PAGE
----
5 Ways to Create a Values-Driven Company Culture
Building a values-driven organization involves much more than slapping a few cookie-cutter words onto a page: it’s about unearthing the beliefs that matter to your team and putting them into motion. When activated, those beliefs will turn into your company’s compass, constantly pointing you in the direction you want to go.
There’s a common thread among organizations that really value people; most of them are also obsessed with values. And when it comes to values building, Zappos CEO Tony Hsieh is king. Hsieh teaches companies how to identify, create, and ultimately, live the values they preach. In his book, Delivering Happiness, he writes:
Most companies establish a list of value statements — on average between three and seven — but only two in five employees feel like they really know what their company stands for. So how can you change that? Here are five ways you can infuse more values-oriented thinking into your business.
1) Turn personal values into shared values
Your founders aren’t the only ones who should mold the belief system. Employees are stewards of the company’s culture, and therefore should be extremely engaged in the value creation process. If you’re in the beginning phases of forming your values, try polling a few employees about what they think the values should be. Hsieh practiced this approach at Zappos by asking his employees to describe what they believed in when they first started brainstorming. He then compiled that list into the “Zappos Family Core Values,” and to this day, they serve as the company’s guiding light.
2) Treat employees like owners
Pro Tips for Creating the Best Onboarding Experience for New EmployeesHiring and Growth
One important way to make people feel valued at work is to empower them to feel — and act — like owners. At Gusto (formerly ZenPayroll), we celebrate our “ownership mentality” by making sure everyone feels like they have a stake in the company’s success. Weave that mentality into your own workplace by creating new opportunities for employees, and then provide them with the freedom to succeed. IDEO illustrates ownership mentality through their “fail often to succeed sooner” motto, which encourages people to take risks and learn from their mistakes. Personal accountability can only be cultivated by giving people a chance to make a difference. When you build a team that cares deeply about changing things, they will end up doing some of the best work of their lives.
3) Encourage time for creativity
While fancy perks are nice to have, working at a company that helps people realize their full potential can be a lot more meaningful. For example, Google’s 20 percent time provides people with dedicated time to think creatively outside of their day-to-day roles, and has even resulted in breakout products like Gmail and AdSense. Adobe promotes creative experimentation through their “Kickbox” program, which enables any employee to request a “mystery innovation box.” Packed with a $1,000 prepaid credit card, pens, paper, snacks, and a six-level curriculum, the kit is an ironic way to get people to think outside the box, and ultimately, bring innovation to life. Programs like these give employees permission to be creative, which can often be the key to sparking new ideas.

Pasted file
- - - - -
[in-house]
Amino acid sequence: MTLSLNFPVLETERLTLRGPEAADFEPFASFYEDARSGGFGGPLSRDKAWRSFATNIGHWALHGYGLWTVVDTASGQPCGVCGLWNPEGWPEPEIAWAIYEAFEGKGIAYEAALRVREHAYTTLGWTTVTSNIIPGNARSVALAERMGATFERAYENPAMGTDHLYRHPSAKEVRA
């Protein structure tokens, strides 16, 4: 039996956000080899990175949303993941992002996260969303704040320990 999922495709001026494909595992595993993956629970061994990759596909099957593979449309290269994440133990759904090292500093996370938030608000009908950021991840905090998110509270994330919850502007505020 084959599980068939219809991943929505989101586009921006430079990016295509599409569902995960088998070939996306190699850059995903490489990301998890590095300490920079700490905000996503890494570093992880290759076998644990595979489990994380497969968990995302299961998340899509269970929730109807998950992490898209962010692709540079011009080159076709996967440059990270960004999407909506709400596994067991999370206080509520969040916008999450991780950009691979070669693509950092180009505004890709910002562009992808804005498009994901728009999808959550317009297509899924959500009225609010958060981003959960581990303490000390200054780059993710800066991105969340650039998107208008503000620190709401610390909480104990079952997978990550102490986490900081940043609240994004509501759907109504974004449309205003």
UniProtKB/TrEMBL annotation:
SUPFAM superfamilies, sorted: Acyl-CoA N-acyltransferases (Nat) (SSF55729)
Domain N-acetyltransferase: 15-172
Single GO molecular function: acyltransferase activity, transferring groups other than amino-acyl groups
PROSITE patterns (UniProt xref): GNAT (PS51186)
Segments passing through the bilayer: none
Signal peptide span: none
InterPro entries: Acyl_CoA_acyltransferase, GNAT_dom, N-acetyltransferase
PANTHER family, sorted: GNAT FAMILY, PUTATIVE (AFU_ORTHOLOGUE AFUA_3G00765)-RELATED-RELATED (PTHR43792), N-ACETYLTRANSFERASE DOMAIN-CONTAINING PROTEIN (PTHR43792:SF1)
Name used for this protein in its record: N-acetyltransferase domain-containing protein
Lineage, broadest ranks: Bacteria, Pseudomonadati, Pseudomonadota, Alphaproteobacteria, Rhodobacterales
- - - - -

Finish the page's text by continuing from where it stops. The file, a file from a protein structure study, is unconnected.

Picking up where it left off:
4) Make an impact
More than anything, people want to make a difference at work. Mesh this sense of purpose into your company culture by setting up programs that make a positive impact. One way Salesforce practices social good is through their 1-1-1 philanthropy model. The company donates or discounts 1 percent of its product sales to nonprofits, allows employees to volunteer for 1 percent of their work hours, and offers technology grants using 1 percent of its founding stock. Other companies incorporate philanthropy into their culture by holding volunteer days, supporting corporate giving, and sponsoring food and clothing drives. Find ways to remind employees how their work, and the work of the entire company, can help change the world.
5) Embody your values
Employees often look to senior management for guidance — not only to help them get their work done, but also for advice on how to build a positive culture. It’s no wonder that one of the top things people look for in a Glassdoor review is what people think of the CEO. If you’re in a position of leadership, your values should seep into everything you do. For example, if transparency is important to your business, make sure to hold regular town halls, clearly communicate company news, and share regular updates about the business. Talk openly about how each of your values influence key company decisions, which will help reinforce the meaning and relevance behind each tenet you celebrate.
Core values are the soul of your organization. However, if you want your values to stick, you have to put them in action. You have to live and breathe them; you have to make them yours. And when everyone on your team makes that conscious effort, there’s no stopping the wonders you will achieve.